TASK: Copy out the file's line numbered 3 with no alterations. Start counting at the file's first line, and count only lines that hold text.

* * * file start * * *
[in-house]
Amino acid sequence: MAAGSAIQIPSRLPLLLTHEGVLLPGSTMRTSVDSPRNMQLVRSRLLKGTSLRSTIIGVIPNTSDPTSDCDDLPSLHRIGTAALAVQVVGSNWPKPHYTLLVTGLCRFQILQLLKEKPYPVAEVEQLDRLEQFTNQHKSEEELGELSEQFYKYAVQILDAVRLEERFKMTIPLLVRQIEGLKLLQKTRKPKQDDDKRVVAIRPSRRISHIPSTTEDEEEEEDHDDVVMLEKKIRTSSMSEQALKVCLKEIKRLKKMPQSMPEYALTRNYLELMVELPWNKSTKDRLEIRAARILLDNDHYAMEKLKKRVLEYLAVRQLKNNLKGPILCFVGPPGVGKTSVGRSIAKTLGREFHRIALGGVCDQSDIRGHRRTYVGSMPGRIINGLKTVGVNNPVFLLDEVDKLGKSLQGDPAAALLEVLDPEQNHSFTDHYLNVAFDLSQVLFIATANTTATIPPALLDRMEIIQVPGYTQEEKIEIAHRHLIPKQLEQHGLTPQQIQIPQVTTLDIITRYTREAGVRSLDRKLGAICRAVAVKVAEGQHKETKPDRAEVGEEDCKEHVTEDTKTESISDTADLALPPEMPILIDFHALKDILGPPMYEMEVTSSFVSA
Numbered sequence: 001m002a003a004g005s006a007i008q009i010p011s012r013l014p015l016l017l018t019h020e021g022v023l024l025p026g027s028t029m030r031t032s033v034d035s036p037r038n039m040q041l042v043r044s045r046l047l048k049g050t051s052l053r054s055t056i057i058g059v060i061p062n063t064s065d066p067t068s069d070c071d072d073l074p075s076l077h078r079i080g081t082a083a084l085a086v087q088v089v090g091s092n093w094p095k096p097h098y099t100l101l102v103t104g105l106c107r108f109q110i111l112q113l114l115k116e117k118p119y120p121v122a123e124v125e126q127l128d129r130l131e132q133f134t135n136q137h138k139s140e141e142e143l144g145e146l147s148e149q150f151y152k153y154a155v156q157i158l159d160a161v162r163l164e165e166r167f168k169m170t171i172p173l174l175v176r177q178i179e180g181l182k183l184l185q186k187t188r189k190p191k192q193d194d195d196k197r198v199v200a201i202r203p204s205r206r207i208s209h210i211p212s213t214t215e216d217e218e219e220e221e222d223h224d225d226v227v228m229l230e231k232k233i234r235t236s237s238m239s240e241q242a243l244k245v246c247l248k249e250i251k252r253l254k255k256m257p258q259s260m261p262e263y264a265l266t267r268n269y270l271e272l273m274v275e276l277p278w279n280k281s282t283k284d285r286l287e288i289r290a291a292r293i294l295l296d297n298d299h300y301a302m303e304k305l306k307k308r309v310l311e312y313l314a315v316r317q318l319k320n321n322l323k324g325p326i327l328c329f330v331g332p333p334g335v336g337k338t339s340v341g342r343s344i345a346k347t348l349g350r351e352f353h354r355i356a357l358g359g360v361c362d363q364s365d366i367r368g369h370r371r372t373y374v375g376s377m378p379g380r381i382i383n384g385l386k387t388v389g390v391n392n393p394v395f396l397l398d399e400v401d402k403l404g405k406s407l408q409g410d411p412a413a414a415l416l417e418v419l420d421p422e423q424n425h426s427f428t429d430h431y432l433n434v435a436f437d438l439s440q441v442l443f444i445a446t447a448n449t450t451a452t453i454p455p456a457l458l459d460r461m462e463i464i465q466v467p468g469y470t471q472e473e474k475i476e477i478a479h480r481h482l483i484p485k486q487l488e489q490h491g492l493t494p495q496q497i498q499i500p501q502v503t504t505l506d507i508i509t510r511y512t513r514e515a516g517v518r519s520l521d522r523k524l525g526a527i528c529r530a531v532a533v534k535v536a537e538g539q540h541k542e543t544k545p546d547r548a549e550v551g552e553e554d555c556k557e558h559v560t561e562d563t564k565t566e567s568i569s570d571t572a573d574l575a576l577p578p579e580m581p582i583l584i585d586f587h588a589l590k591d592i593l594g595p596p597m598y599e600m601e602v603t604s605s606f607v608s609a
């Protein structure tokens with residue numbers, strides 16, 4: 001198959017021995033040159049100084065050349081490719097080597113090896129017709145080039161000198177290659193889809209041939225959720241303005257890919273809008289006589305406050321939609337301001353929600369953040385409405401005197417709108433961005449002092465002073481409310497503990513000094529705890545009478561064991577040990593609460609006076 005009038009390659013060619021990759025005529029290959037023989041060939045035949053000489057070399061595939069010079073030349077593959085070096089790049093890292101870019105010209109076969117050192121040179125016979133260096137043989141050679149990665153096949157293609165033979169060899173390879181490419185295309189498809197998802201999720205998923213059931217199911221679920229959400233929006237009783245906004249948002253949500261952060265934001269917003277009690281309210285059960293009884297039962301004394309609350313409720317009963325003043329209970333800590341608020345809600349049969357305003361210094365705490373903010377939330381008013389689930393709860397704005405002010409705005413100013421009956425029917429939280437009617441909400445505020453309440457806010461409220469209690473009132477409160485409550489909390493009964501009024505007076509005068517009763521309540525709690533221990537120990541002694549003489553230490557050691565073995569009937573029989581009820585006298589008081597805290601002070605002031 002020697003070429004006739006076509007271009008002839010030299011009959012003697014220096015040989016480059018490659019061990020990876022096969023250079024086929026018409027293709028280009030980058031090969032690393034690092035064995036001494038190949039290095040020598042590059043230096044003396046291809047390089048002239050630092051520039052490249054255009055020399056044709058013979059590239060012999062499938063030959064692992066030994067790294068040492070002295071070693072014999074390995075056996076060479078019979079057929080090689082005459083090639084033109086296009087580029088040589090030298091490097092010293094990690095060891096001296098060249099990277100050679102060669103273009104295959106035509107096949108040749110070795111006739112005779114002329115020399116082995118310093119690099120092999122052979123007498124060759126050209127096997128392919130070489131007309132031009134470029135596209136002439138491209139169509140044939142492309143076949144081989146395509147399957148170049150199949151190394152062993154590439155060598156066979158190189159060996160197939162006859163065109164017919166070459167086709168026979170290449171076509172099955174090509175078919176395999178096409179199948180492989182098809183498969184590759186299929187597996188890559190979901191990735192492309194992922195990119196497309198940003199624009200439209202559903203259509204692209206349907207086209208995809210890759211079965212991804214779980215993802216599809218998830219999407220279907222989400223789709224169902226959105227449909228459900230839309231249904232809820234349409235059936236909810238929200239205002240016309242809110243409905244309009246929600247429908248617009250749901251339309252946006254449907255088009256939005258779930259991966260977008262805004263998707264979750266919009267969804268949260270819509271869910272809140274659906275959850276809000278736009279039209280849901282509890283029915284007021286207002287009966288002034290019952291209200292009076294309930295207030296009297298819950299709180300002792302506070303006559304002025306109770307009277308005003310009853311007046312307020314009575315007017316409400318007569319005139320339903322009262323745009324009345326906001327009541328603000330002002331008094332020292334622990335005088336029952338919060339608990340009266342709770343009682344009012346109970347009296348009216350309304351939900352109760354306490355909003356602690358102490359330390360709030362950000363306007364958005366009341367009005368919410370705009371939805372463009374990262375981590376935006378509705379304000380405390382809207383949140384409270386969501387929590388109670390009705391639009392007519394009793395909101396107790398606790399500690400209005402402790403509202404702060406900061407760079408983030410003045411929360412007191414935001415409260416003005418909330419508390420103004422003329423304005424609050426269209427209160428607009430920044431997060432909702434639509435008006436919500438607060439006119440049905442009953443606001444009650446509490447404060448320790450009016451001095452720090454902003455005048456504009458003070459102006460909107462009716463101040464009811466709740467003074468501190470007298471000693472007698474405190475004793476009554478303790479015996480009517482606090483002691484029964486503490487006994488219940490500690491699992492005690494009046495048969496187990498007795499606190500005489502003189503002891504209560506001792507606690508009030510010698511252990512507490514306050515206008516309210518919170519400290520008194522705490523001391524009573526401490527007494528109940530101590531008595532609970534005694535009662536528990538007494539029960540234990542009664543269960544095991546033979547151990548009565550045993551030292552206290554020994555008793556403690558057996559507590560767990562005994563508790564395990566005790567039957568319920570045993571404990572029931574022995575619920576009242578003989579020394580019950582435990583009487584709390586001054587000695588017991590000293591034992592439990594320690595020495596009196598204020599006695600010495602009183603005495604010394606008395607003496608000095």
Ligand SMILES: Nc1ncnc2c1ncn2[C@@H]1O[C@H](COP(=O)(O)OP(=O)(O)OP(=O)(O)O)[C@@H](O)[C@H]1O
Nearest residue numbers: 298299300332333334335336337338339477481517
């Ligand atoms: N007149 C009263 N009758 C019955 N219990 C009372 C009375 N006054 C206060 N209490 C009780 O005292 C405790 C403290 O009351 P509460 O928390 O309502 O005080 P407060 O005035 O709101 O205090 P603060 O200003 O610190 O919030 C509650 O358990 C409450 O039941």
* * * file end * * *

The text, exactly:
Numbered sequence: 001m002a003a004g005s006a007i008q009i010p011s012r013l014p015l016l017l018t019h020e021g022v023l024l025p026g027s028t029m030r031t032s033v034d035s036p037r038n039m040q041l042v043r044s045r046l047l048k049g050t051s052l053r054s055t056i057i058g059v060i061p062n063t064s065d066p067t068s069d070c071d072d073l074p075s076l077h078r079i080g081t082a083a084l085a086v087q088v089v090g091s092n093w094p095k096p097h098y099t100l101l102v103t104g105l106c107r108f109q110i111l112q113l114l115k116e117k118p119y120p121v122a123e124v125e126q127l128d129r130l131e132q133f134t135n136q137h138k139s140e141e142e143l144g145e146l147s148e149q150f151y152k153y154a155v156q157i158l159d160a161v162r163l164e165e166r167f168k169m170t171i172p173l174l175v176r177q178i179e180g181l182k183l184l185q186k187t188r189k190p191k192q193d194d195d196k197r198v199v200a201i202r203p204s205r206r207i208s209h210i211p212s213t214t215e216d217e218e219e220e221e222d223h224d225d226v227v228m229l230e231k232k233i234r235t236s237s238m239s240e241q242a243l244k245v246c247l248k249e250i251k252r253l254k255k256m257p258q259s260m261p262e263y264a265l266t267r268n269y270l271e272l273m274v275e276l277p278w279n280k281s282t283k284d285r286l287e288i289r290a291a292r293i294l295l296d297n298d299h300y301a302m303e304k305l306k307k308r309v310l311e312y313l314a315v316r317q318l319k320n321n322l323k324g325p326i327l328c329f330v331g332p333p334g335v336g337k338t339s340v341g342r343s344i345a346k347t348l349g350r351e352f353h354r355i356a357l358g359g360v361c362d363q364s365d366i367r368g369h370r371r372t373y374v375g376s377m378p379g380r381i382i383n384g385l386k387t388v389g390v391n392n393p394v395f396l397l398d399e400v401d402k403l404g405k406s407l408q409g410d411p412a413a414a415l416l417e418v419l420d421p422e423q424n425h426s427f428t429d430h431y432l433n434v435a436f437d438l439s440q441v442l443f444i445a446t447a448n449t450t451a452t453i454p455p456a457l458l459d460r461m462e463i464i465q466v467p468g469y470t471q472e473e474k475i476e477i478a479h480r481h482l483i484p485k486q487l488e489q490h491g492l493t494p495q496q497i498q499i500p501q502v503t504t505l506d507i508i509t510r511y512t513r514e515a516g517v518r519s520l521d522r523k524l525g526a527i528c529r530a531v532a533v534k535v536a537e538g539q540h541k542e543t544k545p546d547r548a549e550v551g552e553e554d555c556k557e558h559v560t561e562d563t564k565t566e567s568i569s570d571t572a573d574l575a576l577p578p579e580m581p582i583l584i585d586f587h588a589l590k591d592i593l594g595p596p597m598y599e600m601e602v603t604s605s606f607v608s609a